In 1PN-ICSI-zygotes, the sp-mPN demonstrated slower histone mobility than the 1PN-ROSI, and 1PN-spt-partheno (Fig. 1f and Supplementary Fig. 3a). This result indicated that sperm actively reduced the chromatin dynamics. In Fig. 1i and Supplementary Fig. 6, although NaOH-treated inactivated sperm lost the ability to activate the oocyte, the ability to reduce histone mobility was retained, indicating that the unidentified sperm-derived chromatin dynamics reducing factors are not associated with the sperm surface. A recent broadly accepted theory states that sperm are more than mere vehicles to carry the paternal haploid genome into the oocyte. Indeed, sperm carried huge kinds of RNA into oocytes at fertilization. Several studies showed that during epididymal transit from the testis to the cauda epididymis; sperm obtained a small RNA payload12,32. Since tICSI-zygotes, which have no such RNA payload, exhibit parental asymmetric chromatin dynamics, the RNA payload of the mature sperm might not be involved in the decreasing histone mobility of the zygotic chromatin. However, the possibility that sperm RNA is involved in the paternal repressive effect on the chromatin structure must still be considered. Reportedly, sperm RNA is deeply embedded in the sperm head33. Such RNA is not easy to extract, and NaOH treatment did not completely dissolve the sperm head, indicating that the RNA was not eliminated34. In addition to the embedded RNA, proteins are possibly the responsible factors. Following the initiation of spermiogenesis, during which there is no transcription, specific stored RNAs were translated to proteins19. Since our results indicated that the ability of sperm to reduce histone mobility is acquired after the initiation of spermiogenesis, it is also possible that newly synthesized proteins at this phase are responsible for the reduction of histone mobility. To understand the importance and mechanisms of parental epigenetic competition, further studies are needed to test this hypothesis and identify the RNA and/or protein molecules responsible for zygotic chromatin dynamics.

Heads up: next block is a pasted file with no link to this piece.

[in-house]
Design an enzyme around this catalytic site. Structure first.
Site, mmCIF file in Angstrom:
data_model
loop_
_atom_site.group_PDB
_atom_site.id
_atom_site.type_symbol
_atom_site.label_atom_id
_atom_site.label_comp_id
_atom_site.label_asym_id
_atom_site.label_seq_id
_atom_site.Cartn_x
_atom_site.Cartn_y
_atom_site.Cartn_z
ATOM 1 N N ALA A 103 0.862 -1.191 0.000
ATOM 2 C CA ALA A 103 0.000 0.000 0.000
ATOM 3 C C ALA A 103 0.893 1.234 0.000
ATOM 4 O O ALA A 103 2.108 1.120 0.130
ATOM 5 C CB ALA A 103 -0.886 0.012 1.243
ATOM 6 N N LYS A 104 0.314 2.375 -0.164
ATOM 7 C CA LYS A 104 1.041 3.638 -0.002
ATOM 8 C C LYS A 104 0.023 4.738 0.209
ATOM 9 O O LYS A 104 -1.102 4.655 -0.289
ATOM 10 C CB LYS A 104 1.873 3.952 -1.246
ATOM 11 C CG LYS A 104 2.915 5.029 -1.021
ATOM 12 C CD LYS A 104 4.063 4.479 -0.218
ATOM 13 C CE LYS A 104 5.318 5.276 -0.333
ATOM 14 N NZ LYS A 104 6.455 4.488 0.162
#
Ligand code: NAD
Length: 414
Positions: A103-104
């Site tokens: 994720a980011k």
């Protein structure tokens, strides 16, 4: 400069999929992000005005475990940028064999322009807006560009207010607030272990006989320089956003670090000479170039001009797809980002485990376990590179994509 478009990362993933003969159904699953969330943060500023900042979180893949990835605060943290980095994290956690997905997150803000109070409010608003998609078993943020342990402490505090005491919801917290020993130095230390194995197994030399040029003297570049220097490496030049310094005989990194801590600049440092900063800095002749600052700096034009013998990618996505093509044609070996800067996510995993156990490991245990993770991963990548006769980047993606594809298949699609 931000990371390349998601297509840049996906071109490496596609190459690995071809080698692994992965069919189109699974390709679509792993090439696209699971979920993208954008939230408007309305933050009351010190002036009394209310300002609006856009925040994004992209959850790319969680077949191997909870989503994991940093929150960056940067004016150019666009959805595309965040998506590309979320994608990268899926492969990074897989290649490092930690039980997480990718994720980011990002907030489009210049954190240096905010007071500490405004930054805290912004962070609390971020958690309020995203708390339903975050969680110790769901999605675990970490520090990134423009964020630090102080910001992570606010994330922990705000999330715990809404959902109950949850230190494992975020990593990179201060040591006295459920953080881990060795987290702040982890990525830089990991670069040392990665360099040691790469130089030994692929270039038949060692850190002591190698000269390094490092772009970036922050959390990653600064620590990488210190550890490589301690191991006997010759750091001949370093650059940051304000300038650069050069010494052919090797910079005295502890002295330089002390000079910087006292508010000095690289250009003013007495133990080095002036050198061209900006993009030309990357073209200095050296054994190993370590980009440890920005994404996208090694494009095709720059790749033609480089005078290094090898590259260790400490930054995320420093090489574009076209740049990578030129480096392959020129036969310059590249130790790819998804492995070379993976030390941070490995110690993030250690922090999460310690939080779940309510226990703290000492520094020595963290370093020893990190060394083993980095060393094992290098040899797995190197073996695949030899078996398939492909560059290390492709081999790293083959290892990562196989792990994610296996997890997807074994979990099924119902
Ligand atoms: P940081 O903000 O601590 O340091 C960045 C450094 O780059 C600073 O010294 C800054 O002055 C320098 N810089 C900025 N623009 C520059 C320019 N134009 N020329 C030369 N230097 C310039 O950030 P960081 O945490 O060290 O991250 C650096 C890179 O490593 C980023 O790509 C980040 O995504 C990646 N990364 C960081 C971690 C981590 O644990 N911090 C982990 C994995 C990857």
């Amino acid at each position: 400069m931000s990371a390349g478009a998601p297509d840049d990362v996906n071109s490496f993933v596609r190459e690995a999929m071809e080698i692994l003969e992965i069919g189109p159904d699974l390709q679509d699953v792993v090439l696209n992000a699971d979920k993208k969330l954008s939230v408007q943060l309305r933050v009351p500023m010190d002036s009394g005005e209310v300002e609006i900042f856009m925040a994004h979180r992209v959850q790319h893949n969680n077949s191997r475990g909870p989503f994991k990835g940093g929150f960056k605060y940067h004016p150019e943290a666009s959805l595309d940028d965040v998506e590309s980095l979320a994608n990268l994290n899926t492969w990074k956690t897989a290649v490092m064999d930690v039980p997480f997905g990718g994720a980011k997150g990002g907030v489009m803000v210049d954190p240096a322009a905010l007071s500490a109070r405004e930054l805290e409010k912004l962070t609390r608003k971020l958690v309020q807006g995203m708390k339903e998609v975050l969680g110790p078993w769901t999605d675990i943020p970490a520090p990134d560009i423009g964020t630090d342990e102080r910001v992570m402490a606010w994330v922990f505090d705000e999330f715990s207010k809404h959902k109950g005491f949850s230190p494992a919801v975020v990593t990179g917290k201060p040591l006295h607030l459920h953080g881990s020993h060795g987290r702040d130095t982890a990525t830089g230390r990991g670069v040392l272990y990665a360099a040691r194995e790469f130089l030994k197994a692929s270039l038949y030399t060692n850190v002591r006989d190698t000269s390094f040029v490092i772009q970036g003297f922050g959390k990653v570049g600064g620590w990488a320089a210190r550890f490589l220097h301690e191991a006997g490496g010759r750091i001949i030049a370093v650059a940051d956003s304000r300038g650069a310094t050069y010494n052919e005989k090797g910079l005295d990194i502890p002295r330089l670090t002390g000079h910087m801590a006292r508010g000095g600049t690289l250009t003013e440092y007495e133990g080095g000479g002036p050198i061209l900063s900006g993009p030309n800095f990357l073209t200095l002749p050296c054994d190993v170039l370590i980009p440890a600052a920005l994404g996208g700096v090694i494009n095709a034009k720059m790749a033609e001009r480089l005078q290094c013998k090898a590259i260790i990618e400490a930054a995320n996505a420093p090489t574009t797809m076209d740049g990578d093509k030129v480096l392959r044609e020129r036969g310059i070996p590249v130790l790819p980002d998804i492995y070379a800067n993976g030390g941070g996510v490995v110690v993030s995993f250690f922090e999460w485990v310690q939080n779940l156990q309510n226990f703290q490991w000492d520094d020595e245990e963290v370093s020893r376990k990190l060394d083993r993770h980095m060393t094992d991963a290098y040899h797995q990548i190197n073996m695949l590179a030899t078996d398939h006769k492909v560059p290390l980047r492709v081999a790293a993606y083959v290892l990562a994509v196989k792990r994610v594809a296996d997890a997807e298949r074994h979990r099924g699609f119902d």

Round spermatids do not harbor the ability to reduce histone mobility (Fig. 1f and Supplementary Fig. 3a). Moreover, when compared, in 1PN-zygotes, rs-mPNs and fPNs, which are derived from transferred meiotic spindles, exhibited the same level of histone mobility. However, there was significant asymmetric histone mobility of the parental PNs in ROSI-zygotes (Fig. 1i, Supplementary Fig. 6). Our ROSI-zygote production strategy employed a post-activation protocol35 to improve the rate of 2PN formation6. In this protocol, the oocytes injected with round spermatids were activated within 30 min after ROSI. As a result, the round spermatid genome was able to avoid premature chromatin condensation followed by extrusion of the pseudo polar body. Thus, chromosome condensation and incorporation of maternal factors did not seem to be equal between the rs-mPN and fPN, suggesting the possibility that the rs-mPN harbored more histone mobility-promoting factors than the fPN. Collectively, these findings suggest that it is probable that the differences in dynamics during PN formation contribute to the parental epigenetic competition.

The results of this study indicated that the sperm or sp-mPN exerted an ability to reduce histone mobility in both parental PNs. This finding raises the question of the biological significance of the reduction of zygotic chromatin dynamics by sperm. Bui et al.36 reported that sperm have the ability to regulate transcriptional activity. Thus, sperm play an important role in the regulation of zygotic genome activation (ZGA). The reduction of histone mobility by sperm might be involved in the regulation of ZGA. It was thought that promiscuous transcription occurs during minor ZGA and correlates with extensive chromatin dynamics by FRAP37. Our results demonstrated that sperm-derived repressive factors condense the paternal chromatin structure in the sp-mPN and then the extent of histone mobility becomes comparable to that of the rs-mPN, indicating that in the absence of sperm-derived chromatin condensing factors, the paternal chromatin structure derived from the sperm should be extremely dynamic. Then, it is possible that such an extreme chromatin dynamics will cause abnormalities to the transcriptome during ZGA. To assess this possibility, the repressive factors must be identified with the use of a knockdown/knockout experimental system, which was not possible in the current study.



Eight to 12-week-old female B6D2F1 (C57BL/6 × DBA2) (n = 102) and 10–14-week-old male ICR (n = 42) mice (SLC, Shizuoka, Japan) were used as oocyte and spermatozoa donors, respectively. All animal experiments were approved by the Ethics Committee of the University of Yamanashi (reference number: A29-24) and conducted in accordance with the Guide for the Care and Use of Laboratory Animals and the ARRIVE guidelines. All mice were housed under specific pathogen-free conditions at a constant temperature of 25 °C, relative humidity of 50%, and a 14/10-h light/dark period with ad libitum access to a commercial diet and distilled water. In this study, body weight was not measured because the body weight of young mice has no effect on embryo quality.